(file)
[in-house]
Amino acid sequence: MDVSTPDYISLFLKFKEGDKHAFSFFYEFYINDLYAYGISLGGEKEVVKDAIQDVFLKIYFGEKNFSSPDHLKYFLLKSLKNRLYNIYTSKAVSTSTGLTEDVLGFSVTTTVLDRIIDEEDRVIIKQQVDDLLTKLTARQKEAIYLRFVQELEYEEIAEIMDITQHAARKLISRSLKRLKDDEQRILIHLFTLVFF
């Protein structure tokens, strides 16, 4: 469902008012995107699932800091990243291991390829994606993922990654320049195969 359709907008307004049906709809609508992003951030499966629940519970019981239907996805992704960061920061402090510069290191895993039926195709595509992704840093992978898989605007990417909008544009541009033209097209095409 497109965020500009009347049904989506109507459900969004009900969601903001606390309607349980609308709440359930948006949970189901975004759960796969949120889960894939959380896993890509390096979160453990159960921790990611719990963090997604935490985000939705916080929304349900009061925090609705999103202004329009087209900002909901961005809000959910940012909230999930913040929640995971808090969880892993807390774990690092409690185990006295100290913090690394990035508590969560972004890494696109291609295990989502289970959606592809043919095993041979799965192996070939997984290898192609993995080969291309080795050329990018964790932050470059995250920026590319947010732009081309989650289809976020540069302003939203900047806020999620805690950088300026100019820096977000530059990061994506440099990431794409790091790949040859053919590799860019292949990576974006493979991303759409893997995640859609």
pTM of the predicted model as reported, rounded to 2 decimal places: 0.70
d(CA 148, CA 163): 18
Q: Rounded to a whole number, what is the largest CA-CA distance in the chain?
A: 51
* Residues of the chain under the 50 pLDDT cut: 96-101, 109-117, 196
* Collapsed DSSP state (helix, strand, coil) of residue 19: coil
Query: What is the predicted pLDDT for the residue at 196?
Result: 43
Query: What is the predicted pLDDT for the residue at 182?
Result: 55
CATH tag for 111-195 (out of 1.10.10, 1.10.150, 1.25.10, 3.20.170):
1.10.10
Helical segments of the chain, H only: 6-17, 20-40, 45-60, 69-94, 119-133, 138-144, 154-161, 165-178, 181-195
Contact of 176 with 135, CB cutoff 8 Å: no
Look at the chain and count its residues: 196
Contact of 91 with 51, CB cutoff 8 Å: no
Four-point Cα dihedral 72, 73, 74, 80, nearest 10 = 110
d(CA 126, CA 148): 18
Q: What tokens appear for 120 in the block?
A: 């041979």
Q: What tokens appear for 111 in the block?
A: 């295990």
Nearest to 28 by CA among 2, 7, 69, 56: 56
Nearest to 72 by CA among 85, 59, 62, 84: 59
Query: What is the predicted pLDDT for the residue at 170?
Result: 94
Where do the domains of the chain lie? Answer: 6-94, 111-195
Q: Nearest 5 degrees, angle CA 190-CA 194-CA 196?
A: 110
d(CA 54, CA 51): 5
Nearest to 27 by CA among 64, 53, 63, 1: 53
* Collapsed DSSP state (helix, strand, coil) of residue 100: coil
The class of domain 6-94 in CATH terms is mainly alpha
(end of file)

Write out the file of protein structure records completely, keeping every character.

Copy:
[in-house]
Amino acid sequence: MDVSTPDYISLFLKFKEGDKHAFSFFYEFYINDLYAYGISLGGEKEVVKDAIQDVFLKIYFGEKNFSSPDHLKYFLLKSLKNRLYNIYTSKAVSTSTGLTEDVLGFSVTTTVLDRIIDEEDRVIIKQQVDDLLTKLTARQKEAIYLRFVQELEYEEIAEIMDITQHAARKLISRSLKRLKDDEQRILIHLFTLVFF
């Protein structure tokens, strides 16, 4: 469902008012995107699932800091990243291991390829994606993922990654320049195969 359709907008307004049906709809609508992003951030499966629940519970019981239907996805992704960061920061402090510069290191895993039926195709595509992704840093992978898989605007990417909008544009541009033209097209095409 497109965020500009009347049904989506109507459900969004009900969601903001606390309607349980609308709440359930948006949970189901975004759960796969949120889960894939959380896993890509390096979160453990159960921790990611719990963090997604935490985000939705916080929304349900009061925090609705999103202004329009087209900002909901961005809000959910940012909230999930913040929640995971808090969880892993807390774990690092409690185990006295100290913090690394990035508590969560972004890494696109291609295990989502289970959606592809043919095993041979799965192996070939997984290898192609993995080969291309080795050329990018964790932050470059995250920026590319947010732009081309989650289809976020540069302003939203900047806020999620805690950088300026100019820096977000530059990061994506440099990431794409790091790949040859053919590799860019292949990576974006493979991303759409893997995640859609």
pTM of the predicted model as reported, rounded to 2 decimal places: 0.70
d(CA 148, CA 163): 18
Q: Rounded to a whole number, what is the largest CA-CA distance in the chain?
A: 51
* Residues of the chain under the 50 pLDDT cut: 96-101, 109-117, 196
* Collapsed DSSP state (helix, strand, coil) of residue 19: coil
Query: What is the predicted pLDDT for the residue at 196?
Result: 43
Query: What is the predicted pLDDT for the residue at 182?
Result: 55
CATH tag for 111-195 (out of 1.10.10, 1.10.150, 1.25.10, 3.20.170):
1.10.10
Helical segments of the chain, H only: 6-17, 20-40, 45-60, 69-94, 119-133, 138-144, 154-161, 165-178, 181-195
Contact of 176 with 135, CB cutoff 8 Å: no
Look at the chain and count its residues: 196
Contact of 91 with 51, CB cutoff 8 Å: no
Four-point Cα dihedral 72, 73, 74, 80, nearest 10 = 110
d(CA 126, CA 148): 18
Q: What tokens appear for 120 in the block?
A: 């041979």
Q: What tokens appear for 111 in the block?
A: 């295990």
Nearest to 28 by CA among 2, 7, 69, 56: 56
Nearest to 72 by CA among 85, 59, 62, 84: 59
Query: What is the predicted pLDDT for the residue at 170?
Result: 94
Where do the domains of the chain lie? Answer: 6-94, 111-195
Q: Nearest 5 degrees, angle CA 190-CA 194-CA 196?
A: 110
d(CA 54, CA 51): 5
Nearest to 27 by CA among 64, 53, 63, 1: 53
* Collapsed DSSP state (helix, strand, coil) of residue 100: coil
The class of domain 6-94 in CATH terms is mainly alpha